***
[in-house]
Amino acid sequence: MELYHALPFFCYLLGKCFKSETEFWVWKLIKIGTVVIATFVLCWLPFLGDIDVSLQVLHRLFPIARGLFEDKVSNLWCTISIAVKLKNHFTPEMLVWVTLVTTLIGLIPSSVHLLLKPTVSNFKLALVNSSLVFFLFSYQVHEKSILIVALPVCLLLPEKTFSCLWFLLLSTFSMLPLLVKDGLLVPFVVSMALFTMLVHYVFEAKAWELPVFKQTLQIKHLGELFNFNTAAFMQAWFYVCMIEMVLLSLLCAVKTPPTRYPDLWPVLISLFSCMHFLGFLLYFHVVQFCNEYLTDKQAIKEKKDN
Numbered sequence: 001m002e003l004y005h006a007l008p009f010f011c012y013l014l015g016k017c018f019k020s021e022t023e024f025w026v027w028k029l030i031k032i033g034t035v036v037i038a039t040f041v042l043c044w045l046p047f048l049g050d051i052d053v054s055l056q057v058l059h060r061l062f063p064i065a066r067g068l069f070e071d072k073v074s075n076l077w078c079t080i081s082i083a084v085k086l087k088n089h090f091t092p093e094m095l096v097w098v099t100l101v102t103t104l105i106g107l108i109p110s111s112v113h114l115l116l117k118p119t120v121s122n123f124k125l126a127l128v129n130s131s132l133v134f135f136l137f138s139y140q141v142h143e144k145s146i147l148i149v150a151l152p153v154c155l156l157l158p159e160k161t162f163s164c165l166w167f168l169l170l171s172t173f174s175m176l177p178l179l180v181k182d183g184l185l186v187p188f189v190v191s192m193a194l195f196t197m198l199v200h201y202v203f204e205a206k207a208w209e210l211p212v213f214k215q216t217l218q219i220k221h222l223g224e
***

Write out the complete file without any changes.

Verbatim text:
[in-house]
Amino acid sequence: MELYHALPFFCYLLGKCFKSETEFWVWKLIKIGTVVIATFVLCWLPFLGDIDVSLQVLHRLFPIARGLFEDKVSNLWCTISIAVKLKNHFTPEMLVWVTLVTTLIGLIPSSVHLLLKPTVSNFKLALVNSSLVFFLFSYQVHEKSILIVALPVCLLLPEKTFSCLWFLLLSTFSMLPLLVKDGLLVPFVVSMALFTMLVHYVFEAKAWELPVFKQTLQIKHLGELFNFNTAAFMQAWFYVCMIEMVLLSLLCAVKTPPTRYPDLWPVLISLFSCMHFLGFLLYFHVVQFCNEYLTDKQAIKEKKDN
Numbered sequence: 001m002e003l004y005h006a007l008p009f010f011c012y013l014l015g016k017c018f019k020s021e022t023e024f025w026v027w028k029l030i031k032i033g034t035v036v037i038a039t040f041v042l043c044w045l046p047f048l049g050d051i052d053v054s055l056q057v058l059h060r061l062f063p064i065a066r067g068l069f070e071d072k073v074s075n076l077w078c079t080i081s082i083a084v085k086l087k088n089h090f091t092p093e094m095l096v097w098v099t100l101v102t103t104l105i106g107l108i109p110s111s112v113h114l115l116l117k118p119t120v121s122n123f124k125l126a127l128v129n130s131s132l133v134f135f136l137f138s139y140q141v142h143e144k145s146i147l148i149v150a151l152p153v154c155l156l157l158p159e160k161t162f163s164c165l166w167f168l169l170l171s172t173f174s175m176l177p178l179l180v181k182d183g184l185l186v187p188f189v190v191s192m193a194l195f196t197m198l199v200h201y202v203f204e205a206k207a208w209e210l211p212v213f214k215q216t217l218q219i220k221h222l223g224e